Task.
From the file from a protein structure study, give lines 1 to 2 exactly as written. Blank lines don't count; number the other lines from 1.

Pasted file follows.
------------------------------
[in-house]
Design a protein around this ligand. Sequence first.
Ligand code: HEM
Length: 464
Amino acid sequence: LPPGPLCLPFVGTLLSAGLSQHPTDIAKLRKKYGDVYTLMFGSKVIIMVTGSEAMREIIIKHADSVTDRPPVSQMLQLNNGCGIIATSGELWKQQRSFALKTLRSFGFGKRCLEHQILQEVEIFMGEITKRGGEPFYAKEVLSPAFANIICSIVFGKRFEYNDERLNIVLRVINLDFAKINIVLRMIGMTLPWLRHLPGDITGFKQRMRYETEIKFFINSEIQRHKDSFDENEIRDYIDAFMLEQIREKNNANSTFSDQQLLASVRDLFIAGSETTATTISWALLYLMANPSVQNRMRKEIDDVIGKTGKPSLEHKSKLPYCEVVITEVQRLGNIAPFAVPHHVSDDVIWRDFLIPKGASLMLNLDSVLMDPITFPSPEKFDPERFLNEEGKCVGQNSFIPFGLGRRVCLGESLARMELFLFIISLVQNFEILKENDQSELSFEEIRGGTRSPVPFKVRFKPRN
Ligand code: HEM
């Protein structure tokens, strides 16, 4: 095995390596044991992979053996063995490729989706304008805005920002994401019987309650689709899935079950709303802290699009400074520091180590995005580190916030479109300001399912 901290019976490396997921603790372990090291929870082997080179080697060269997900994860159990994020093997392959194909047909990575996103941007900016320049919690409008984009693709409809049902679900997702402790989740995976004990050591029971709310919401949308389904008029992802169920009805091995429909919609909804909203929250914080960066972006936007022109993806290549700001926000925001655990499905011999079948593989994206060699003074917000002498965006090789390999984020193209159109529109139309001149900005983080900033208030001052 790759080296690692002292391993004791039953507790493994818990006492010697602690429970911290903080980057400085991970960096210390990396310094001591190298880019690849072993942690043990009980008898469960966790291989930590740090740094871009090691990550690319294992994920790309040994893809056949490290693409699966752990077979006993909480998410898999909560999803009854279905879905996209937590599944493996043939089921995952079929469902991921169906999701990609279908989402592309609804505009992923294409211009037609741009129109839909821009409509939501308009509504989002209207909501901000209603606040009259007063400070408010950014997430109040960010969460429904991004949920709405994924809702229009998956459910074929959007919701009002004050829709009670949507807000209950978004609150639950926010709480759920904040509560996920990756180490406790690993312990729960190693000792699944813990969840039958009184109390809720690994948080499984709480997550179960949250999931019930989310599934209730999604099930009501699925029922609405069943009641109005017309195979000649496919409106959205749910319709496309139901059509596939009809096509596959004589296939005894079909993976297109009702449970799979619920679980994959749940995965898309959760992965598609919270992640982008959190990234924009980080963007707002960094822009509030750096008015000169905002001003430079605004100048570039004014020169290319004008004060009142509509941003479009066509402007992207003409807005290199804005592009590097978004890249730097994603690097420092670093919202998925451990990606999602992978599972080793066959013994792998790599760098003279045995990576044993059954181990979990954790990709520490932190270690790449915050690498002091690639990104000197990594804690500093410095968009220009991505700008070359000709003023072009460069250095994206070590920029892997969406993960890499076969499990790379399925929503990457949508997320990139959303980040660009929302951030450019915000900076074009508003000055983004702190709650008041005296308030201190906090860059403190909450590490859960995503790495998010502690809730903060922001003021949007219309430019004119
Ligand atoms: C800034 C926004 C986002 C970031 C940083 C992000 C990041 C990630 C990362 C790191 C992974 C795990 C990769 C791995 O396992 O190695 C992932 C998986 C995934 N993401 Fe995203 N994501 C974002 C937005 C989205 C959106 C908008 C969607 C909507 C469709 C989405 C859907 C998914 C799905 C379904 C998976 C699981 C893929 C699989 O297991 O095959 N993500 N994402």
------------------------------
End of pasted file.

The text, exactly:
[in-house]
Design a protein around this ligand. Sequence first.